South Stanly Middle class creates Certified Schoolyard Habitat

The National Wildlife Federation, the nation’s largest wildlife conservation and education organization, has recognized South Stanly Middle School for creating a Certified Schoolyard Habitat through its Garden for Wildlife program.

South has joined more than 5,000 schools that have transformed schoolyards into wildlife habitats that provide elements needed by wildlife.

“My classes worked to create a wildlife habitat on our campus. The criteria include sources of food, water, shelter, a place to raise their young, and sustainable practices,” said Kristin Owens-White, an enviroonmental connections teacher and N.C. certified environmental educator at South Stanly Middle. “With the help of the North Carolina Museum of Natural Science’s UTOTES program, we installed a pollinator garden and a small garden pond.”

The habitat serves as an outdoor education site where students can engage in learning hands-on.

The certification makes South’s habitat part of the Million Pollinator Garden Challenge, a national effort to restore critical habitat for pollinators.

“We are excited to have another school join our growing list of more than 5,000 certified Schoolyard Habitats. Kids can now personally experience nature through hands-on learning in an outdoor environment,” said Liz Soper, director of K-12 Programs for National Wildlife Federation.

Owens-White said the goal of the Environmental Connections class is “about positively impacting the world around us.”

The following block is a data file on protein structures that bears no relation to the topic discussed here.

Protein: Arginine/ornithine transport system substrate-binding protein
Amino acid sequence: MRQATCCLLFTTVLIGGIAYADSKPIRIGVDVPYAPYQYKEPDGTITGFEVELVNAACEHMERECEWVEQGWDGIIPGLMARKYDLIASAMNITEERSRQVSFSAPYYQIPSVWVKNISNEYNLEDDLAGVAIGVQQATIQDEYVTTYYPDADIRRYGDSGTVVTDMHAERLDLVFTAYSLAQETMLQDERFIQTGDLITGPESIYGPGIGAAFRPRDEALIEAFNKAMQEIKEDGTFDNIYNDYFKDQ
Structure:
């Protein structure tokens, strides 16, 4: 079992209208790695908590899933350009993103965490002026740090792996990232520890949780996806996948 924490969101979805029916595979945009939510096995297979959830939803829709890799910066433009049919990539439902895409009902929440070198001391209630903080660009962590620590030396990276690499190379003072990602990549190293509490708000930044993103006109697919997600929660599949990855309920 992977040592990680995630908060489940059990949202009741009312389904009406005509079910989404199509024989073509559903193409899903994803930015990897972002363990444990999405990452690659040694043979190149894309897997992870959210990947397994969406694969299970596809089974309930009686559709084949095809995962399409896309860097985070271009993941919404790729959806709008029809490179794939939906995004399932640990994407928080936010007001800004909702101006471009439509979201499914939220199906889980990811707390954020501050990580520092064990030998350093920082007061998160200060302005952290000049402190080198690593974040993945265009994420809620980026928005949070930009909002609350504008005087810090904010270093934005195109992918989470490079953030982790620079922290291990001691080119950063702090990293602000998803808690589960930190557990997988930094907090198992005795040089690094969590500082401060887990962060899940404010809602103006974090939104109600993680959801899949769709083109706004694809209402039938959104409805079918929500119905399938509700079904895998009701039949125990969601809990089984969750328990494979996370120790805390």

“We are not only creating a sustainable habitat for wildlife, but we are creating productive stewards in our students for years to come,” Owens-White said.

“We have nesting boxes, and feeders set up for the birds. We have bluebirds, eastern phoebes and house finches nesting right now,” she added. “It did not take long for the frogs to reside in the pond. Soon we will witness many species of pollinators visiting the garden.”

Owens-White said in another area of the campus students are working with a Pfeiffer University professor to create a bee habitat.

“The students had to research native bee species and make a presentation. The students were responsible for building and planting this habitat. This is still a work in progress, but the planting has started,” Owens-White said. “Next year, we will add to this project by researching different bird species and creating boxes and feeding stations on our nature trail.”

“This project was made possible by the students’ dedication and contributions from our community members,” she said.

NWF’s Garden for Wildlife program encourages responsible gardening that helps pollinators and other wildlife thrive. It encourages planting with native species like milkweed and discouraging chemical pesticide use.

With nearly 200,000 locations and growing, NWF’s Certified Wildlife Habitats and Community Wildlife Habitats recognize individuals, schools, groups and communities committed to providing habitat for wildlife, including pollinators. Each of the nearly 200,000 certified locations provides food, water, cover and places to raise young. This makes yards, schools, businesses, places of worship, campuses, parks, farms and other community-based landscapes into wildlife sanctuaries.

For more information on gardening for wildlife and details on how an entire community can become certified, visit www.nwf.org/habitat or call 1-800-822-9919.

For more National Wildlife Federation news, visit www.nwf.org/news.

Editor B.J. Drye contributed to this report.